Tuesday January 20, 2004 Homily by Fr. Robert Altier   Second Week in Ordinary Time


Reading (1 Samuel 16:1-13)   Gospel (St. Mark 2:23-28)


In the first reading today, we hear a statement by God to Samuel when Samuel is ready to anoint one of Jesse’s sons whom God had not chosen, and God said simply, Not as man sees does God see, because man sees the appearance but the Lord looks into the heart. Now this is something that we all know very well except it seems regularly to leave our minds, at least we tend to forget about it with great ease it seems, because we do the exact same thing. We get caught up into looking at the outward appearance, into the externals, with regard to different people.  We, of course, fall into it with regard to our own selves. We try to make everything look good on the outside, make sure people think well of us, try to present a façade that looks favorable in the sight of others. But it does not matter what anybody else thinks; all that matters is what God thinks.


As we all know, on the Day of Judgment we are going to be standing before God, not everyone else. No one will be with us and no one else is going to be looking at us. It is going to be us and the Lord. If that is the case, then that is what we really need to be thinking about now because everything that we do the Lord is looking on. We are not able to hide anything from Him. We have to remember that the Lord even knows our inmost thoughts. The devil cannot read any of those, our guardian angel cannot read them, but God alone can. And so on the Day of Judgment there will not be any explanation. There will not be any attempt on our part to be able to persuade God – “No, that’s not really why I did it” – because the Lord knows the motive, He knows what we did, He knows when we did it, He knows why we did it. We are not going to be able to hide anything from Him.


How many times we try to make ourselves appear a certain way, but we are not going to be able to fool God. How many times we have been caught in the trap of looking at the appearance of others and making certain assumptions based solely on their appearance, but we are not going to be able, once again, to get around that with the Lord. If we just put ourselves back 2,000 years ago, based on appearance, we have to ask ourselves the simple question: Which one of us ever would have been a follower of Jesus Christ? His appearance would not have been real impressive, walking around as an itinerant preacher, not having anyplace to lay His head. He probably did not look real clean all of the time, and we probably would have thought He was not anybody too impressive to be able to look at; especially, of course, along the way to Calvary there was nothing impressive to look at: someone who was marred and beaten and bleeding all over the place. Yet from 2,000 years away we can look at it and say, “But that’s the most beautiful person and that’s the greatest act of love.” But at the time, if we were looking at appearances, we would not have said that.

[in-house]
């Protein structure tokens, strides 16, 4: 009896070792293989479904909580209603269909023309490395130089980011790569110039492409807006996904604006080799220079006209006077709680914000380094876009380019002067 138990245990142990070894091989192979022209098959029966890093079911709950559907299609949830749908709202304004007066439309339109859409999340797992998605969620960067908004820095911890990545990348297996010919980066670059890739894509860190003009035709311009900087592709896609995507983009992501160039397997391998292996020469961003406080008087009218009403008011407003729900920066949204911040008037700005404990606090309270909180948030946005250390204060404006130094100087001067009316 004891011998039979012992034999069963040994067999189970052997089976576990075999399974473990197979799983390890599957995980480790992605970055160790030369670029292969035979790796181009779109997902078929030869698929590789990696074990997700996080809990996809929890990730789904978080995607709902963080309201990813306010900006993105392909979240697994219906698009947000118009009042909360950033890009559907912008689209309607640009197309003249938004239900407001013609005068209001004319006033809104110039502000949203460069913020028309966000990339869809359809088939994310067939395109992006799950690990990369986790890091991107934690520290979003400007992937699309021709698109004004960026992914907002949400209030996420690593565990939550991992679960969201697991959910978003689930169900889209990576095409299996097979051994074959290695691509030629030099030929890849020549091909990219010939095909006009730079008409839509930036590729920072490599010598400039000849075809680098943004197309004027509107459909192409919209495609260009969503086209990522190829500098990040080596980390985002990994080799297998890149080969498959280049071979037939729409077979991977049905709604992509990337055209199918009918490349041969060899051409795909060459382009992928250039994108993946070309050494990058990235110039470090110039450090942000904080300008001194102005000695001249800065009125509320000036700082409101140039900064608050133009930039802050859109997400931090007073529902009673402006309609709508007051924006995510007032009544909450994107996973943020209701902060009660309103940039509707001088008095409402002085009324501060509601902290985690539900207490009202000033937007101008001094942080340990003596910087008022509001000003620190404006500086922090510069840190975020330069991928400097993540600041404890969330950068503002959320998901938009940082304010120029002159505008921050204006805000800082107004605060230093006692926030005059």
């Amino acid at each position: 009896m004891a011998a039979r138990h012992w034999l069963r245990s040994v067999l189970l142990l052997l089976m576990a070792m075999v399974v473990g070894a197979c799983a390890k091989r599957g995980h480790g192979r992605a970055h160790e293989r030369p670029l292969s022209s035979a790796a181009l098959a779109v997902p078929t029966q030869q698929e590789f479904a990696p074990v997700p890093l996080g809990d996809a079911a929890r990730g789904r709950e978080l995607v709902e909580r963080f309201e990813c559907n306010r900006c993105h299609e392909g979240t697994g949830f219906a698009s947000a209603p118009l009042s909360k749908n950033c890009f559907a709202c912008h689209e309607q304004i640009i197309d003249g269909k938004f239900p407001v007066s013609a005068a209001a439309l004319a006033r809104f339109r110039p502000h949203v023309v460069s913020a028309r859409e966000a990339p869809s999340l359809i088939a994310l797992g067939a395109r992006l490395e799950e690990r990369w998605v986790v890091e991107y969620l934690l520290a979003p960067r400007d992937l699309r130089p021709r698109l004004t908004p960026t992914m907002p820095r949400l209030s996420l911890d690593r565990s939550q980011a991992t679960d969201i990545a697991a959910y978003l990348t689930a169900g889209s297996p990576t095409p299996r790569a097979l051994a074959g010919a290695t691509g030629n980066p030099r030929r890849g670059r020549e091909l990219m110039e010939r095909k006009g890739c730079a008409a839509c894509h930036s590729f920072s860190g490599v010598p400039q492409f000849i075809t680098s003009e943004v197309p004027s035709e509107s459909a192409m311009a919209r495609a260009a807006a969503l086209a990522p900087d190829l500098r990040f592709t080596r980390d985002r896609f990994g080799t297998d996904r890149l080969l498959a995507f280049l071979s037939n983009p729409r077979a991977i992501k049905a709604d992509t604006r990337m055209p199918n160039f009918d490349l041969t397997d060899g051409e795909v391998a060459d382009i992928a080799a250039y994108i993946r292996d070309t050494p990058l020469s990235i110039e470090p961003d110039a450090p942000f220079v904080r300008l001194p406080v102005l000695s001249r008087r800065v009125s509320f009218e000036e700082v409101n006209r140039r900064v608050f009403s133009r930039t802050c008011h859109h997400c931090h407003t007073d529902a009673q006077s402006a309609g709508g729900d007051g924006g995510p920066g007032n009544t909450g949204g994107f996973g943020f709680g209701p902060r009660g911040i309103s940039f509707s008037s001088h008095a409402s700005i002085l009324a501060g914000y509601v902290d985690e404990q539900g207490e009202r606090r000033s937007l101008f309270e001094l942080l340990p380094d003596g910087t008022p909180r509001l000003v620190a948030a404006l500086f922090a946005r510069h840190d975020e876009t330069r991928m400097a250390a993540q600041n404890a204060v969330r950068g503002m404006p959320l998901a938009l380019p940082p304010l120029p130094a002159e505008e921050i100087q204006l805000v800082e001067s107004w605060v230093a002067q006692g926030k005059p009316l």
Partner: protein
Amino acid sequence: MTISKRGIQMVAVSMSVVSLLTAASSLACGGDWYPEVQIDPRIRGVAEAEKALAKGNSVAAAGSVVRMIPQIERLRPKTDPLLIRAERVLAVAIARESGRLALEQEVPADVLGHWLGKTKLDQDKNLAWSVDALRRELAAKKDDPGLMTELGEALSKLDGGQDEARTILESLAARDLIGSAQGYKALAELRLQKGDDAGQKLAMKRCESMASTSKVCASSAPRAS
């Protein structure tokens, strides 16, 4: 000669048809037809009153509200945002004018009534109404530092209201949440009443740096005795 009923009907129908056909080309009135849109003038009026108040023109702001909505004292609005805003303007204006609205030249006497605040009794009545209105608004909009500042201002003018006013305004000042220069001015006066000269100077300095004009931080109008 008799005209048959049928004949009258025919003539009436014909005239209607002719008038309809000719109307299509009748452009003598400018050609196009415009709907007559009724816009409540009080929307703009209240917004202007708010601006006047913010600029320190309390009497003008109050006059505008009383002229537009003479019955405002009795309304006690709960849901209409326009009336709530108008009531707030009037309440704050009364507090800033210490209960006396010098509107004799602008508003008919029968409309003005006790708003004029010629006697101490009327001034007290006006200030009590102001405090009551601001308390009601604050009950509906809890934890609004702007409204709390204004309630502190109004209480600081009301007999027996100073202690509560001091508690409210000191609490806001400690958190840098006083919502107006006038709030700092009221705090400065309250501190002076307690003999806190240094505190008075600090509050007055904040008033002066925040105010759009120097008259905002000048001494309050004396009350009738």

And how many times, as Saint Paul himself says, have people taken care of the poor (or that is who they thought it was) when in fact it was an angel. These sorts of things we need to keep in mind, that when we make judgments based on appearances we are going to get ourselves into trouble. If we look at the Letter of Saint James, he talks about the same thing. He said, “A rich person comes in and you say, ‘Oh, sit over here. Can I get you a footstool?’ and you make sure everything is okay, but when a poor person comes in you say, ‘Oh, you can stand over there’.” Saint Paul got on them because when they got together for a meal as a community of Christian people some of the people were eating very fancy things and others had nothing, and the ones eating the fancy things did not share it with the ones who had nothing at all. Again, we see the appearance, but in this case the appearance is going to lead to condemnation because judgments were made in people’s hearts even to the exclusion of others.


So, for our own selves, it is an important lesson not only to make sure that what we are trying to do is what is right in the eyes of the Lord and not worry about whatever anybody else is going to think, but to be very careful about making judgments about others because we simply do not know. What God asks is that we treat everyone with charity regardless of what the appearance may be and leave the judgment to God.


*  This text was transcribed from the audio recording of a homily by Father Robert Altier with minimal editing.